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Moving Your Business from Stills to Motion

Lesson 1 of 6

Finding Work

 

Moving Your Business from Stills to Motion

Lesson 1 of 6

Finding Work

 

Lesson Info

Finding Work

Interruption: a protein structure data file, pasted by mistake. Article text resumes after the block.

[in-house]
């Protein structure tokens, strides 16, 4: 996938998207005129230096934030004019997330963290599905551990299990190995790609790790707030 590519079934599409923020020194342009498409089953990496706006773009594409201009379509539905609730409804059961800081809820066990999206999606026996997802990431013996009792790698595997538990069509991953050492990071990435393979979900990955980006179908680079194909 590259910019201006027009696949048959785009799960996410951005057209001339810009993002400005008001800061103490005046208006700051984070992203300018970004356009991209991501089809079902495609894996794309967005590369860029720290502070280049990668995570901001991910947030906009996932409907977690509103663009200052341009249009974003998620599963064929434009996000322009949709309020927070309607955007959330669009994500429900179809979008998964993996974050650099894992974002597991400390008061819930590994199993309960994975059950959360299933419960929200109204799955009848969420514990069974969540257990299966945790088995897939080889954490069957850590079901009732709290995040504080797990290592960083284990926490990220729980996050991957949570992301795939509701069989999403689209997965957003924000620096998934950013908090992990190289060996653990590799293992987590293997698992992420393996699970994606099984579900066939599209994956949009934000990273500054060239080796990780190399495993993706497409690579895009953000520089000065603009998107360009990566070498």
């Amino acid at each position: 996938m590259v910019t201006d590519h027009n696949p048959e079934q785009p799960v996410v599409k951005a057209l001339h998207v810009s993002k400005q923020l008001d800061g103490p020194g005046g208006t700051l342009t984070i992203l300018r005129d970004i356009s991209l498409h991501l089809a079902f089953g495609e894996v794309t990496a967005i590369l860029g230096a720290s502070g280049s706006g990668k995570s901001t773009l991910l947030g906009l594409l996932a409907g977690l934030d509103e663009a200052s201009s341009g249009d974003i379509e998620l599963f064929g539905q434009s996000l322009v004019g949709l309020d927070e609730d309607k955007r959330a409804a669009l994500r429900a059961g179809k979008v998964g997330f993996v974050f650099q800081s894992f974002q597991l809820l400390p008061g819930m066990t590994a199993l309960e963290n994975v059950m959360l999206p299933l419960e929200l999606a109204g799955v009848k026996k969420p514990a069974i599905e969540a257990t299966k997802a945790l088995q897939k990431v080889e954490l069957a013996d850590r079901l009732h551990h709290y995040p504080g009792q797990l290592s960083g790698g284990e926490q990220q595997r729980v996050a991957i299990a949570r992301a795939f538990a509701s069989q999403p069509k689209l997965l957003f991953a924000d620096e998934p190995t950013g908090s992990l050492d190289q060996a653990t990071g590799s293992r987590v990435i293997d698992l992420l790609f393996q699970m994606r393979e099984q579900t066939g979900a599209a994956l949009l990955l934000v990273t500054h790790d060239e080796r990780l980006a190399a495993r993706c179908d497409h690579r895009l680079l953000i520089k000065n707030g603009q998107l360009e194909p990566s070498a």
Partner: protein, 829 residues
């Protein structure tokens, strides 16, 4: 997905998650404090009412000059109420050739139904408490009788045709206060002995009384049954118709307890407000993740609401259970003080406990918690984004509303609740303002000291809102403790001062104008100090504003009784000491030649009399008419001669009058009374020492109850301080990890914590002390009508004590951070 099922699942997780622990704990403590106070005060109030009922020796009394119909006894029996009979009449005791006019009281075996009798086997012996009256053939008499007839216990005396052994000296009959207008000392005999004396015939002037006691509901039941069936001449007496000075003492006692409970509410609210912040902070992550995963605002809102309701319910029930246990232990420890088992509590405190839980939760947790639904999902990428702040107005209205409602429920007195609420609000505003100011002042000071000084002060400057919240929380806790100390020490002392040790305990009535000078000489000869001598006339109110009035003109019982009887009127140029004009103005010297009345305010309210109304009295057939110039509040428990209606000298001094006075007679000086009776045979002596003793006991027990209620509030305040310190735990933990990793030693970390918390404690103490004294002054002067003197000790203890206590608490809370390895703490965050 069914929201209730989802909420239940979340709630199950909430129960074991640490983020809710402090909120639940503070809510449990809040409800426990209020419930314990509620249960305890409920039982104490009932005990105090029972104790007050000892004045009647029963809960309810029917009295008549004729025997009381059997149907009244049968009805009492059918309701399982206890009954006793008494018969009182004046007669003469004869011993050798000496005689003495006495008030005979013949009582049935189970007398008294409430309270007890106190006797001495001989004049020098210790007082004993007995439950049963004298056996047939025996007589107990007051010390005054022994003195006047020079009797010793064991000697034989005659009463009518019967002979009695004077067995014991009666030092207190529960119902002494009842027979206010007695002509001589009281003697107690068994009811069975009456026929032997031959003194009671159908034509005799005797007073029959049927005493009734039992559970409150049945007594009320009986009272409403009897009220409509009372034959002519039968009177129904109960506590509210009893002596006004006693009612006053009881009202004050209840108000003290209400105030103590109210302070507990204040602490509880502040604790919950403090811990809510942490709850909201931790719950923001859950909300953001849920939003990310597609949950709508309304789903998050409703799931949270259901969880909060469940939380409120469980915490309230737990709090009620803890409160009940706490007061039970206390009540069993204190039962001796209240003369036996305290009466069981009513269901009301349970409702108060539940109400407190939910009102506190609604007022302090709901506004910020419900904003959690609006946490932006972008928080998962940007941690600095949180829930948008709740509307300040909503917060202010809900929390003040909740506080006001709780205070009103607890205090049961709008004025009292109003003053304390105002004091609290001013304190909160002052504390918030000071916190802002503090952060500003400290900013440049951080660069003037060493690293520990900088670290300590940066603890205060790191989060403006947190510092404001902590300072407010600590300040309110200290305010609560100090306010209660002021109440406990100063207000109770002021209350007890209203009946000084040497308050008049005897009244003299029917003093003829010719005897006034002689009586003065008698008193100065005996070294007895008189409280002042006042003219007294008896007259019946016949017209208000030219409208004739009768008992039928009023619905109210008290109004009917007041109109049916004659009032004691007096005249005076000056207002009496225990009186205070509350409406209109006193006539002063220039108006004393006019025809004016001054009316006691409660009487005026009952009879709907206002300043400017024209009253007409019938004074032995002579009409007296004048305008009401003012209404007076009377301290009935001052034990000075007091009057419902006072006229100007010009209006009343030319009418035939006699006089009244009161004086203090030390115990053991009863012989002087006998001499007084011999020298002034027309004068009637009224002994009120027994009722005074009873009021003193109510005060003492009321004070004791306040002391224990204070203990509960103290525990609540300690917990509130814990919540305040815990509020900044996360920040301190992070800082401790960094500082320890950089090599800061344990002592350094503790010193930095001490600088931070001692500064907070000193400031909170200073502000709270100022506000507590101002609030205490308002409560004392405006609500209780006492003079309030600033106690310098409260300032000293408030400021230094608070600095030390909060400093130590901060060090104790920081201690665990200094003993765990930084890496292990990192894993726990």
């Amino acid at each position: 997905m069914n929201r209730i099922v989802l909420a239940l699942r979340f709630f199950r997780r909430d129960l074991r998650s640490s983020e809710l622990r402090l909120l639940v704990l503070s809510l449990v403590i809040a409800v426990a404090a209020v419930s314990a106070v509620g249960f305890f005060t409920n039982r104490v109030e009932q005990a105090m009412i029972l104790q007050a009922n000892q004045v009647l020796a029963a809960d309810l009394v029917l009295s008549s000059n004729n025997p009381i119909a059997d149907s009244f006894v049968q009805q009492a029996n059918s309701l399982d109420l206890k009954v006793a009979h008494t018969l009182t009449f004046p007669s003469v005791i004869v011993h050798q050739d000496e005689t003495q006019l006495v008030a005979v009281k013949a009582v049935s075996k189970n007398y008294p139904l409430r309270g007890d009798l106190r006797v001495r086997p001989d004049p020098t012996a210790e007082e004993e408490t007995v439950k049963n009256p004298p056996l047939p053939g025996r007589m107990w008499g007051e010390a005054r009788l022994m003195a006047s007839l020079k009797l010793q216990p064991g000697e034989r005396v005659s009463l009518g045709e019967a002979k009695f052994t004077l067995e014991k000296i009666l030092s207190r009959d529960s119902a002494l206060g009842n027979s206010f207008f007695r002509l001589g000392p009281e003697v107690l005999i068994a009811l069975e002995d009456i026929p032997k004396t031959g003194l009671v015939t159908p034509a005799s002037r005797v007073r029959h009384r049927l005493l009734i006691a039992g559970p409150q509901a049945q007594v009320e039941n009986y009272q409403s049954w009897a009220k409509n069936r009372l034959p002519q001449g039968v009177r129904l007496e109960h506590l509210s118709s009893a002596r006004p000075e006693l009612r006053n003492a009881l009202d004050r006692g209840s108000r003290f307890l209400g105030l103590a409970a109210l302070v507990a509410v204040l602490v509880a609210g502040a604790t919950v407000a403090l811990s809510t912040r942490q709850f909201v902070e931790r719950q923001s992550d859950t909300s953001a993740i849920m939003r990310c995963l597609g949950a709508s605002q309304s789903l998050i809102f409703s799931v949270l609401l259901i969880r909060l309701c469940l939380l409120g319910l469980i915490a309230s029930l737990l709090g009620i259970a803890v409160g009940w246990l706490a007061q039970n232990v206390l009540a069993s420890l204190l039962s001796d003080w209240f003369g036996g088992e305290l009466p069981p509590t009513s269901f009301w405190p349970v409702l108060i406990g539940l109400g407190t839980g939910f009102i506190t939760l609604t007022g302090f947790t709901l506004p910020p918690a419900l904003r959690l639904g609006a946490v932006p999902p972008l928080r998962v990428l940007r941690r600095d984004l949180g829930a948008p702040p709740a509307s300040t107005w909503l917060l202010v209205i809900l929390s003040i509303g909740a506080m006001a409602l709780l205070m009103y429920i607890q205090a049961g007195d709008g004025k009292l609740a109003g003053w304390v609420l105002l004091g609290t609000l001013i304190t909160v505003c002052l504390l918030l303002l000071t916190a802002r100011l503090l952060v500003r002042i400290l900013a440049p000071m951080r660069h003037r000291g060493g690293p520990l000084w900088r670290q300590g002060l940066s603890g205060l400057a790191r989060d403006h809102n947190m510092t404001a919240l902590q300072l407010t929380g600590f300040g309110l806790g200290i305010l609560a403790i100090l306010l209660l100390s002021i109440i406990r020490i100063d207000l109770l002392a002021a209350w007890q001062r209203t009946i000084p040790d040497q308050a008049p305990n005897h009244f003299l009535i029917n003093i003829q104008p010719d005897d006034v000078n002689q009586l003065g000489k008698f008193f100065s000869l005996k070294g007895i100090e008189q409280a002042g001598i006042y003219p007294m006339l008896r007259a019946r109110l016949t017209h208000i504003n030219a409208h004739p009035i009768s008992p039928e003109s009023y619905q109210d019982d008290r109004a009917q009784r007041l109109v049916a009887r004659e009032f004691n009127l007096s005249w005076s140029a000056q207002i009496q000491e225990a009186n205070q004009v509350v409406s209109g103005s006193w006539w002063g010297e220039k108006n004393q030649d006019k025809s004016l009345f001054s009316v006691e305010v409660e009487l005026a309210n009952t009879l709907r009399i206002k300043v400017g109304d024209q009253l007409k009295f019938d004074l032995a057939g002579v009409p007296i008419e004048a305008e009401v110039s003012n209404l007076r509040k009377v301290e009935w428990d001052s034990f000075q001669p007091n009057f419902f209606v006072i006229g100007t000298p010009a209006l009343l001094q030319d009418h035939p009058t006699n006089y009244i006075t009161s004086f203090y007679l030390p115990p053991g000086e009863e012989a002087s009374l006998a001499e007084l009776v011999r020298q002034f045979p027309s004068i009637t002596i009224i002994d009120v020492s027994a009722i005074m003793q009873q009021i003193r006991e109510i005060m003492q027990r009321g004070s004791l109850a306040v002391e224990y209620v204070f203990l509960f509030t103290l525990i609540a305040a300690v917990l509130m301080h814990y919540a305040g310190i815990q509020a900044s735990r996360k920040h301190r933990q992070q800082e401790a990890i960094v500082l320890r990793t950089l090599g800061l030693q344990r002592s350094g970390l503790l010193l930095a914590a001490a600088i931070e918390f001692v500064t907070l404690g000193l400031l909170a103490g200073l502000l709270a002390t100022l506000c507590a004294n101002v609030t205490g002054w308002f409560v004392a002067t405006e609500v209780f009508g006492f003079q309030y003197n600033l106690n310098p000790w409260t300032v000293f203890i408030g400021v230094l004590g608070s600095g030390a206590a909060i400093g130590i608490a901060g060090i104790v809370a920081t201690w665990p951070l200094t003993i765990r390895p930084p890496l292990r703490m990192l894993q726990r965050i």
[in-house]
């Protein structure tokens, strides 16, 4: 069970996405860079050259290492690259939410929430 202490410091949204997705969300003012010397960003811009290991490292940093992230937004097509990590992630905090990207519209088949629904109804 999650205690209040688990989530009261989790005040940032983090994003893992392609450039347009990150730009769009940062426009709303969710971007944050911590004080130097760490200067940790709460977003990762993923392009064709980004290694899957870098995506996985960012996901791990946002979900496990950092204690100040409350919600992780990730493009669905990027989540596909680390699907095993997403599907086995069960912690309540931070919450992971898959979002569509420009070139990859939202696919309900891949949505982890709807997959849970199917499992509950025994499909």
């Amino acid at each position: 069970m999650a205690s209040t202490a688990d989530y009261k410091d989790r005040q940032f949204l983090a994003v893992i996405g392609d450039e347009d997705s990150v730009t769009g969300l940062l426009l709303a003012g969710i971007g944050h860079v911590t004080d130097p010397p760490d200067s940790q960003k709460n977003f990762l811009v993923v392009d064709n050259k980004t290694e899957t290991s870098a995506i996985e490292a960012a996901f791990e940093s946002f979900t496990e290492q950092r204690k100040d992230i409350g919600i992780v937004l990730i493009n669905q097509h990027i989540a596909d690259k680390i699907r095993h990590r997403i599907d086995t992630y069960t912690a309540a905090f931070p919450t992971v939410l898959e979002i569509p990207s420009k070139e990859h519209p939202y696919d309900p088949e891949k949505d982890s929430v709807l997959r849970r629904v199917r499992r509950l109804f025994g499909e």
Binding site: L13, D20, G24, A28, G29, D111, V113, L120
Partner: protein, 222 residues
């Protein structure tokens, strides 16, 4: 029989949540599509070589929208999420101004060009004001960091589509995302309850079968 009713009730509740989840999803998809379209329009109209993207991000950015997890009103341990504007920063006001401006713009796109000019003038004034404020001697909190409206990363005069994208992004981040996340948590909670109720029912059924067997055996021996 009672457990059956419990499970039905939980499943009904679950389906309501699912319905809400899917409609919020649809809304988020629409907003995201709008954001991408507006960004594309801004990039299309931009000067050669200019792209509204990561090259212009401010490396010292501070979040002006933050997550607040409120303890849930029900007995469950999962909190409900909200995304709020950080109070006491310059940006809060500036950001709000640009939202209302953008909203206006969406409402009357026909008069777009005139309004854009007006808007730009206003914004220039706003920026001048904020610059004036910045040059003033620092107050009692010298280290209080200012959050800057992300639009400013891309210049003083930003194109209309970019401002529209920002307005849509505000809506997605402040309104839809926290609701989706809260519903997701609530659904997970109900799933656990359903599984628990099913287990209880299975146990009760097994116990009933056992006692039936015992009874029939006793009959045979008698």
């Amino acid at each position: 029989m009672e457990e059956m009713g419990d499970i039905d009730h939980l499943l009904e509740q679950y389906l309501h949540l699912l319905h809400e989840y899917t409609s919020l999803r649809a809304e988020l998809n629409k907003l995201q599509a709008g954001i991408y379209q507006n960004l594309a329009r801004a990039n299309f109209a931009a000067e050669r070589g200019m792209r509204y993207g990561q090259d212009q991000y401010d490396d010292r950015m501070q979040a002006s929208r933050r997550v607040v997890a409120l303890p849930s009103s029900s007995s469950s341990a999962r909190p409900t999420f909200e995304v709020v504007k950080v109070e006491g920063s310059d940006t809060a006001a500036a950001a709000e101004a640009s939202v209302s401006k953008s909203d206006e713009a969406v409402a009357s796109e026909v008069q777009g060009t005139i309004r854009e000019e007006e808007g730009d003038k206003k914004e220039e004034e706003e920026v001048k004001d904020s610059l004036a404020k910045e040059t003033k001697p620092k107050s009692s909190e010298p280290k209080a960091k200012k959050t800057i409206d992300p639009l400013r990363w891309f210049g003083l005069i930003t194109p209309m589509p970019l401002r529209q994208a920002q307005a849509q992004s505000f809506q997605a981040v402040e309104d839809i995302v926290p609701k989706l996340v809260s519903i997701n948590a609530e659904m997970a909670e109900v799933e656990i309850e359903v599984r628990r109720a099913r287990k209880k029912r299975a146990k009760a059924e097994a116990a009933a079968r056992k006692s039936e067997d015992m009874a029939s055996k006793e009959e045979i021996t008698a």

So, um, I've been doing a lot of directing since about 2008. I was a photographer for most of my career, and I have to tell you that our first course is actually about the five D Mark two. So it was actually video kind of photography, and the video was kind of mind boggling for many of us, especially photographers going into video. And I have to tell you that the past eight years have been like life on speed, meaning I've learned MAWR in eight years, and I had probably learned in 20 years of photography, given the complexity of production of being a director or producer, working with so many people in so many different levels, whether it's actors, how do you cast someone? How do you work with an actor? How do you direct an actor, whether it's a represented from the union? How do you deal with unions when you need to deal with unions? Whether it's working with producers and clients and agencies, how do you bid a job? How do you get a job? How do you do that first conference call? And as...